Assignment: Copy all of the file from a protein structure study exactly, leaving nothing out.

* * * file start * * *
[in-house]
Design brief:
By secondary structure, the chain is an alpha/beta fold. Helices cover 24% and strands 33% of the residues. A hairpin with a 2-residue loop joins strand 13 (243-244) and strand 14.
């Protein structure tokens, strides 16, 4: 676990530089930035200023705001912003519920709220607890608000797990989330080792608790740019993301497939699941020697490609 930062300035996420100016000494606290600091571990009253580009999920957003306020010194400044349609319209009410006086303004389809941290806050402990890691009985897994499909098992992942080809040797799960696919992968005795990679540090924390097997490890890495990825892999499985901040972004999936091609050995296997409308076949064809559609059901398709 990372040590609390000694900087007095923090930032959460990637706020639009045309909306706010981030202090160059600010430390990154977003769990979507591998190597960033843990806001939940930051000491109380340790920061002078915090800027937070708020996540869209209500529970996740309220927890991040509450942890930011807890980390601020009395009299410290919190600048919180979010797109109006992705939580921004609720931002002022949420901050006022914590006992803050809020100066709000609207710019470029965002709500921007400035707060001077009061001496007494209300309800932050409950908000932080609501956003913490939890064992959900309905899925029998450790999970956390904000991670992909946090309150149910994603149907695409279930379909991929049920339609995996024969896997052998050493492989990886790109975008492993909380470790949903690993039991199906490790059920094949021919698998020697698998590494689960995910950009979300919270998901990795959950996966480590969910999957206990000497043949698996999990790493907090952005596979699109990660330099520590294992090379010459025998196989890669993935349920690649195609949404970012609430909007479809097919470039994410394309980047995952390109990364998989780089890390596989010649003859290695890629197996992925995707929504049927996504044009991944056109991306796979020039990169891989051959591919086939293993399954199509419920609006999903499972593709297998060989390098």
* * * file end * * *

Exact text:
[in-house]
Design brief:
By secondary structure, the chain is an alpha/beta fold. Helices cover 24% and strands 33% of the residues. A hairpin with a 2-residue loop joins strand 13 (243-244) and strand 14.
């Protein structure tokens, strides 16, 4: 676990530089930035200023705001912003519920709220607890608000797990989330080792608790740019993301497939699941020697490609 930062300035996420100016000494606290600091571990009253580009999920957003306020010194400044349609319209009410006086303004389809941290806050402990890691009985897994499909098992992942080809040797799960696919992968005795990679540090924390097997490890890495990825892999499985901040972004999936091609050995296997409308076949064809559609059901398709 990372040590609390000694900087007095923090930032959460990637706020639009045309909306706010981030202090160059600010430390990154977003769990979507591998190597960033843990806001939940930051000491109380340790920061002078915090800027937070708020996540869209209500529970996740309220927890991040509450942890930011807890980390601020009395009299410290919190600048919180979010797109109006992705939580921004609720931002002022949420901050006022914590006992803050809020100066709000609207710019470029965002709500921007400035707060001077009061001496007494209300309800932050409950908000932080609501956003913490939890064992959900309905899925029998450790999970956390904000991670992909946090309150149910994603149907695409279930379909991929049920339609995996024969896997052998050493492989990886790109975008492993909380470790949903690993039991199906490790059920094949021919698998020697698998590494689960995910950009979300919270998901990795959950996966480590969910999957206990000497043949698996999990790493907090952005596979699109990660330099520590294992090379010459025998196989890669993935349920690649195609949404970012609430909007479809097919470039994410394309980047995952390109990364998989780089890390596989010649003859290695890629197996992925995707929504049927996504044009991944056109991306796979020039990169891989051959591919086939293993399954199509419920609006999903499972593709297998060989390098």